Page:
Attorney in Fact

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An agent authorized to act on behalf of another person, but not necessarily authorized to practice law, e.g. a person authorized to act by a power of attorney. An attorney in fact is a fiduciary. Also known as attorney-in-fact or private attorney.

For example, Person A might give a power of attorney to Person B that allows Person B to manage Person A's bank accounts. In this example, Person A is the principal, and Person B is the attorney in fact.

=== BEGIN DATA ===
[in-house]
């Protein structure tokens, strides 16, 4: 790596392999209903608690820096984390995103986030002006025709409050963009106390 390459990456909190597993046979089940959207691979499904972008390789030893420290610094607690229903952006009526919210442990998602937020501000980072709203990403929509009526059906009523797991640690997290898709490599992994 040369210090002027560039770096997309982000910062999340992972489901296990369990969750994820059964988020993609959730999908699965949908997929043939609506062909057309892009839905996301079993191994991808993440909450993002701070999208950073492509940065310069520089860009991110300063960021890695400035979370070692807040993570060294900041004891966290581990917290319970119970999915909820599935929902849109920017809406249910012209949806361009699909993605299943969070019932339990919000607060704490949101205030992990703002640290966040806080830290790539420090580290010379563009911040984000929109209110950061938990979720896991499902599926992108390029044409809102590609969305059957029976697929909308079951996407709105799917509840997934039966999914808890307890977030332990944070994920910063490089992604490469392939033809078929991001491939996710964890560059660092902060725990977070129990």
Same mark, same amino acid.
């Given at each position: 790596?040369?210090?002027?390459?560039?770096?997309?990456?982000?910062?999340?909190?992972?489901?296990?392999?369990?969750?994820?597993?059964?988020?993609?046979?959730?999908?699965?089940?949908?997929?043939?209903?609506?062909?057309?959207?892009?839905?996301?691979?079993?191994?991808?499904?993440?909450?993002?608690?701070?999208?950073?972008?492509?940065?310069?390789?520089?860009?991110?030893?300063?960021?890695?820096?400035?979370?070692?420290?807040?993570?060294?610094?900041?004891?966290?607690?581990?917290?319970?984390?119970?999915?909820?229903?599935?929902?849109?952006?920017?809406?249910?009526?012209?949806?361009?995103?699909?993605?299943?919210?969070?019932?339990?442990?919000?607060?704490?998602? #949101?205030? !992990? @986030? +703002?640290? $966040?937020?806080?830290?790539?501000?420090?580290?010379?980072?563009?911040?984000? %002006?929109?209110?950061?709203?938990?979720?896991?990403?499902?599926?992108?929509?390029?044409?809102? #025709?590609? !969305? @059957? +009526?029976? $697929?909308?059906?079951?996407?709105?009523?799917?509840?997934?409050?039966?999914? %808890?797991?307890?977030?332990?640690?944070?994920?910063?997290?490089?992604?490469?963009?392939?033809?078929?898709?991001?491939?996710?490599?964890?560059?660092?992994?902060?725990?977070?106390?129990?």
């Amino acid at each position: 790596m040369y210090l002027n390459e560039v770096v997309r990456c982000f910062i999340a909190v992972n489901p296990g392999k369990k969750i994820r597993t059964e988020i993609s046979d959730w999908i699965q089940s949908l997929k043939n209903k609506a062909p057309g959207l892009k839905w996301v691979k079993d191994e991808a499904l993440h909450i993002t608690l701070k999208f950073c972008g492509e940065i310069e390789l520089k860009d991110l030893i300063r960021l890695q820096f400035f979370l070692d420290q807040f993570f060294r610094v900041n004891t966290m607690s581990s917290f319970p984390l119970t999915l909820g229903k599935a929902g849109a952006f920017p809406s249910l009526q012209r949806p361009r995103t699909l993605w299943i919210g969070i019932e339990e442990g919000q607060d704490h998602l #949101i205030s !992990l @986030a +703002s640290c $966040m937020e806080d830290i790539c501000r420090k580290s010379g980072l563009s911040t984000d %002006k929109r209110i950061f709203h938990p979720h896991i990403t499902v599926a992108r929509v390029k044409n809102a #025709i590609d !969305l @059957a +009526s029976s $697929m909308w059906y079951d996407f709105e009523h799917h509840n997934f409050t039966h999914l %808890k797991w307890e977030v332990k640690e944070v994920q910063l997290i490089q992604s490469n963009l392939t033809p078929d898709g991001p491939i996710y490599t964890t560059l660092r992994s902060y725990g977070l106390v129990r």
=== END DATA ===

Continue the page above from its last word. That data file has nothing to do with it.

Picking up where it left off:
Illustrative caselaw

See, e.g. Sperry v. State of Fla. ex. rel Florida Bar, 373 U.S. 379 (1963).

See also